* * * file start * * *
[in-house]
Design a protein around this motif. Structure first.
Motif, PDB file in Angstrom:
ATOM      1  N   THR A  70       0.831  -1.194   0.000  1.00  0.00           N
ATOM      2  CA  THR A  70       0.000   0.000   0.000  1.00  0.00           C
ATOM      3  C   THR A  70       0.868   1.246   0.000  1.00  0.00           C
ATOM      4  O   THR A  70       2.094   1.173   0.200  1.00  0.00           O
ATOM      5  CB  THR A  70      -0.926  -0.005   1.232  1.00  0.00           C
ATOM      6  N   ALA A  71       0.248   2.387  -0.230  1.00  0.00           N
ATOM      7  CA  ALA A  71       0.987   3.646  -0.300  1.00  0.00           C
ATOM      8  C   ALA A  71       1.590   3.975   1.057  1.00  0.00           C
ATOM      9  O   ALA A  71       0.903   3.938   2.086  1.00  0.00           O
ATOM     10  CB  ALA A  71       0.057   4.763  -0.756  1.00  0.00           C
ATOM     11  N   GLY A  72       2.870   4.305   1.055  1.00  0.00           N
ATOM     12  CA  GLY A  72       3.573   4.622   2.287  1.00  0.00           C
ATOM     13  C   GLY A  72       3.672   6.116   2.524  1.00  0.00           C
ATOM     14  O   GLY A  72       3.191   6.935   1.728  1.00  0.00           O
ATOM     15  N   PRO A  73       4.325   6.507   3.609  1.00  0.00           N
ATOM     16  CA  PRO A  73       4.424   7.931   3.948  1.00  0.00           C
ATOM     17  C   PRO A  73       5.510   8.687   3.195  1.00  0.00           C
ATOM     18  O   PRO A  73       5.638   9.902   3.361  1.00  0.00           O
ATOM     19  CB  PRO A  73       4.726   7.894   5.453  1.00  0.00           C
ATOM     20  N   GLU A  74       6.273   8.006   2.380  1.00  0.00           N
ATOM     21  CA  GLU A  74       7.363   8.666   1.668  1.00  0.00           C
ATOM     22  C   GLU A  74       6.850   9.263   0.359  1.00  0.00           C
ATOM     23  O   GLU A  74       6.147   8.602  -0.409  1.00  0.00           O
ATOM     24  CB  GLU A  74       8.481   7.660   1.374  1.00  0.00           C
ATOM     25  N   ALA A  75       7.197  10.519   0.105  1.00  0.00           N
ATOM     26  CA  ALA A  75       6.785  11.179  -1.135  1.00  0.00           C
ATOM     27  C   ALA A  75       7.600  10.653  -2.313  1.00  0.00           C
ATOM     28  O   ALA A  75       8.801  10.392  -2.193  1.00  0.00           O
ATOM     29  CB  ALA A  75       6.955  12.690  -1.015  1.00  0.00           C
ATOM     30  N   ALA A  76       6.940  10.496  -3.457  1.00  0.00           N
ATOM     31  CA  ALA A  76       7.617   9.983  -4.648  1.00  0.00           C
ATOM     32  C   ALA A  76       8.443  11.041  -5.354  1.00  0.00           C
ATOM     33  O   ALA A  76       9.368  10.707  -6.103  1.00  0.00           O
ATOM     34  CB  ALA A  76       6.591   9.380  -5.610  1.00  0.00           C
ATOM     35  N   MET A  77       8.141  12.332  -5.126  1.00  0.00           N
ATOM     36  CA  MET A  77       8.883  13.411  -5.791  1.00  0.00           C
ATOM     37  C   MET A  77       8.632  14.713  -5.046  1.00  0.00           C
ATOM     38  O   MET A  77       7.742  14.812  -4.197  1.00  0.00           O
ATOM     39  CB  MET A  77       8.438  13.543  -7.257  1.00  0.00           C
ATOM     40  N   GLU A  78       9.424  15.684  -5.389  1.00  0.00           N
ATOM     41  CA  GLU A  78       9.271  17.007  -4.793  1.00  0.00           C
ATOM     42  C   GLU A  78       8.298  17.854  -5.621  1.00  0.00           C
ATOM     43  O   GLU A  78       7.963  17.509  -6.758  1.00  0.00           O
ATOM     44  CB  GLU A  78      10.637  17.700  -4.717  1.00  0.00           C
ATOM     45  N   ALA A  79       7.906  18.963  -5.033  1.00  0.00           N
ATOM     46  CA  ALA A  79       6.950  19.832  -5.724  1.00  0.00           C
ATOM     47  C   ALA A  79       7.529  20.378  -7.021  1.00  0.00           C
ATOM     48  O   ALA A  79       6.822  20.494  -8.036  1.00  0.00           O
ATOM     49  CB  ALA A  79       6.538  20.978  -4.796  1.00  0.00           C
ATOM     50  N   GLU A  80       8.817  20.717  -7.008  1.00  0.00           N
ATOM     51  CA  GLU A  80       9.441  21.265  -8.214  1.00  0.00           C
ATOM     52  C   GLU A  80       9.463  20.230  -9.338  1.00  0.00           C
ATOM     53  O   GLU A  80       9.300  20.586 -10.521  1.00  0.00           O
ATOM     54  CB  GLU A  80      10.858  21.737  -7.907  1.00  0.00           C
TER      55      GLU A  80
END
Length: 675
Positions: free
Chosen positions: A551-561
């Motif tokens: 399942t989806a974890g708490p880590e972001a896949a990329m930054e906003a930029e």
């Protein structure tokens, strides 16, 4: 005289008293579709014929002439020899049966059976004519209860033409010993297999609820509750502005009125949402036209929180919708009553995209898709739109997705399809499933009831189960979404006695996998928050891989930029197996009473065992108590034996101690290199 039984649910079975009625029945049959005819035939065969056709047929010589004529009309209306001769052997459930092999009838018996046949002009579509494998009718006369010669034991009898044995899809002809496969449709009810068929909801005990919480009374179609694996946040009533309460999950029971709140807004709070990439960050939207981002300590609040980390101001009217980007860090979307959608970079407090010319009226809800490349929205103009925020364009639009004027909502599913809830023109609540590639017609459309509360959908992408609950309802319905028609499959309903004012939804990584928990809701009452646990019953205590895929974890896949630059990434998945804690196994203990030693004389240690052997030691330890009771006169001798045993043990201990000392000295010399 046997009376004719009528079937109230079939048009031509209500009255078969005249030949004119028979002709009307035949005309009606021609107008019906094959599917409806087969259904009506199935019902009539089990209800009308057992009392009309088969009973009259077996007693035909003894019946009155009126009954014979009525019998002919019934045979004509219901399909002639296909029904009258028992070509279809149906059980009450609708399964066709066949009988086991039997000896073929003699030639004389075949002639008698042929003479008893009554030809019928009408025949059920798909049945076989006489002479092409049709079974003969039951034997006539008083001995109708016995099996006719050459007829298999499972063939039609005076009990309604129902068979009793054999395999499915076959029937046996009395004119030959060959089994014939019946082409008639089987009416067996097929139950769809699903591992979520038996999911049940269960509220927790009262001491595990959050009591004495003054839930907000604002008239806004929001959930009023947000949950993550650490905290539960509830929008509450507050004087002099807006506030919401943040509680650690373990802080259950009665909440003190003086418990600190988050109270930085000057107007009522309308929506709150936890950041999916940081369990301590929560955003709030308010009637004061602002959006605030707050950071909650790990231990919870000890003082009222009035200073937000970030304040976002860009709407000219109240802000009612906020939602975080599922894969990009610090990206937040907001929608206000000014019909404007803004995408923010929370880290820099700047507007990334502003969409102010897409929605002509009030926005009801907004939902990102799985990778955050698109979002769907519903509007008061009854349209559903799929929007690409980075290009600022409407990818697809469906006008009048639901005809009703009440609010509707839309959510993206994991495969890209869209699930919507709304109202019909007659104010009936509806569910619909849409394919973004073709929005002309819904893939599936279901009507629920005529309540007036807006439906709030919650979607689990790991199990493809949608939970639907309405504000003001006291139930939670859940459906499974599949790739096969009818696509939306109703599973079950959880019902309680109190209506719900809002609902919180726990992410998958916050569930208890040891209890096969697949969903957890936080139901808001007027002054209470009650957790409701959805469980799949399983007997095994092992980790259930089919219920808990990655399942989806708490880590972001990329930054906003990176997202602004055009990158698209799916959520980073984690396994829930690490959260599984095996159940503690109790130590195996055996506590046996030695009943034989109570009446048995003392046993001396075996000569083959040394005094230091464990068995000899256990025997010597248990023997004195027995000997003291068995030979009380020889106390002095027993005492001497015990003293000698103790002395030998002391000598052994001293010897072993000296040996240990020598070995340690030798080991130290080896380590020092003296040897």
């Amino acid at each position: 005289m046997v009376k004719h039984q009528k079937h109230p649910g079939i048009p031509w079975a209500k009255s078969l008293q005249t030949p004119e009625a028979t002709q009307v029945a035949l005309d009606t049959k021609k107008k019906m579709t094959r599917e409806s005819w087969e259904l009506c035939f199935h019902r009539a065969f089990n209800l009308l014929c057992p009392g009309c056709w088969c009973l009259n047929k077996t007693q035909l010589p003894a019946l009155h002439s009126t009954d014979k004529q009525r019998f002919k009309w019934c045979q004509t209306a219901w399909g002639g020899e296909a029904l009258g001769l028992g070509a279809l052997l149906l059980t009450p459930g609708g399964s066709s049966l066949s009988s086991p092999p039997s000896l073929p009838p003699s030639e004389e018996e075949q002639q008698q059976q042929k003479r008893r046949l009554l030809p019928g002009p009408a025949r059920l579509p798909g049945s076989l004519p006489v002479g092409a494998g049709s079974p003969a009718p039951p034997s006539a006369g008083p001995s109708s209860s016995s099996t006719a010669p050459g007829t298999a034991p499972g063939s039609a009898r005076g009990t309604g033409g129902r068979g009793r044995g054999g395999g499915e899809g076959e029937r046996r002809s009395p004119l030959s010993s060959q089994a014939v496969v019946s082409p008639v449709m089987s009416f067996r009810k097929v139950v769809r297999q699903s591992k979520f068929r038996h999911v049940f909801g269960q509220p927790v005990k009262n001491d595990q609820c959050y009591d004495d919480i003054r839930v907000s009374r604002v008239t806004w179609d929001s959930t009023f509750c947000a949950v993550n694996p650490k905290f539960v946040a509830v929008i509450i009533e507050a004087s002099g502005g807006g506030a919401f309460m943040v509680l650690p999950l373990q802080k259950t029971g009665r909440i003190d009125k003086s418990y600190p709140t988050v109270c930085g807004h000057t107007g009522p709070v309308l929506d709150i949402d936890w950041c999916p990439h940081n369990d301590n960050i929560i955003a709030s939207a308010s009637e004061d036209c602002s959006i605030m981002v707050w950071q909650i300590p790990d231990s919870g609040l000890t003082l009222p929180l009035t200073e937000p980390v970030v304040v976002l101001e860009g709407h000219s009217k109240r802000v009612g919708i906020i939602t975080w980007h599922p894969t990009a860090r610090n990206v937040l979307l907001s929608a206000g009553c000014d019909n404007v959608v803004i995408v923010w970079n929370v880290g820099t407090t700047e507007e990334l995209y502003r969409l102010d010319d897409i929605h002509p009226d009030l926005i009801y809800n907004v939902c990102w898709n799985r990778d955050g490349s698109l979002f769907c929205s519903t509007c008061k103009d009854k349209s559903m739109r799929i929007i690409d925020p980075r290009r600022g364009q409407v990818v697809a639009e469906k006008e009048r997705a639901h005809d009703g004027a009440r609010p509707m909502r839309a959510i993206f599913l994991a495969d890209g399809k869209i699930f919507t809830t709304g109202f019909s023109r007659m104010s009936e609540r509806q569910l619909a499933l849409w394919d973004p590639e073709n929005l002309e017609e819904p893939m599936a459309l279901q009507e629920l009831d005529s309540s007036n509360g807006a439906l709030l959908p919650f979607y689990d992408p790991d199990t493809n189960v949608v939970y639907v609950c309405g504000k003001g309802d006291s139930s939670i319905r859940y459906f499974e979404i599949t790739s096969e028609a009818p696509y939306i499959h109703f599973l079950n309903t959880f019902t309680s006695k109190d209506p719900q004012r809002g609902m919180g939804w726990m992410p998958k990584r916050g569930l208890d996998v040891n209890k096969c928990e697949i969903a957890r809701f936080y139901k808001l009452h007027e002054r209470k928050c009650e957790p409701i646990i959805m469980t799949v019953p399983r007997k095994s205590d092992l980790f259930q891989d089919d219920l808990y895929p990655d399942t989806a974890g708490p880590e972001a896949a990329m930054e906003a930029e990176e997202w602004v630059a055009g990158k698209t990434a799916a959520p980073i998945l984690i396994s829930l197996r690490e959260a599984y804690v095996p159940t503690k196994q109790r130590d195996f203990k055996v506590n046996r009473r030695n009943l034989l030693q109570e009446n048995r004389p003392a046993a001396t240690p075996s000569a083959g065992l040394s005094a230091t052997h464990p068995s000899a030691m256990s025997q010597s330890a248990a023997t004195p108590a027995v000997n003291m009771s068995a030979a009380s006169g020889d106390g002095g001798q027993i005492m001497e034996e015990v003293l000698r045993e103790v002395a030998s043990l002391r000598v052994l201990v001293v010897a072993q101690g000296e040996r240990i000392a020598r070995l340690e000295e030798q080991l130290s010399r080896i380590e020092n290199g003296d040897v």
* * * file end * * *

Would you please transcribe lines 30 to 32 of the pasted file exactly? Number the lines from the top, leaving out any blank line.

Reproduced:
ATOM     27  C   ALA A  75       7.600  10.653  -2.313  1.00  0.00           C
ATOM     28  O   ALA A  75       8.801  10.392  -2.193  1.00  0.00           O
ATOM     29  CB  ALA A  75       6.955  12.690  -1.015  1.00  0.00           C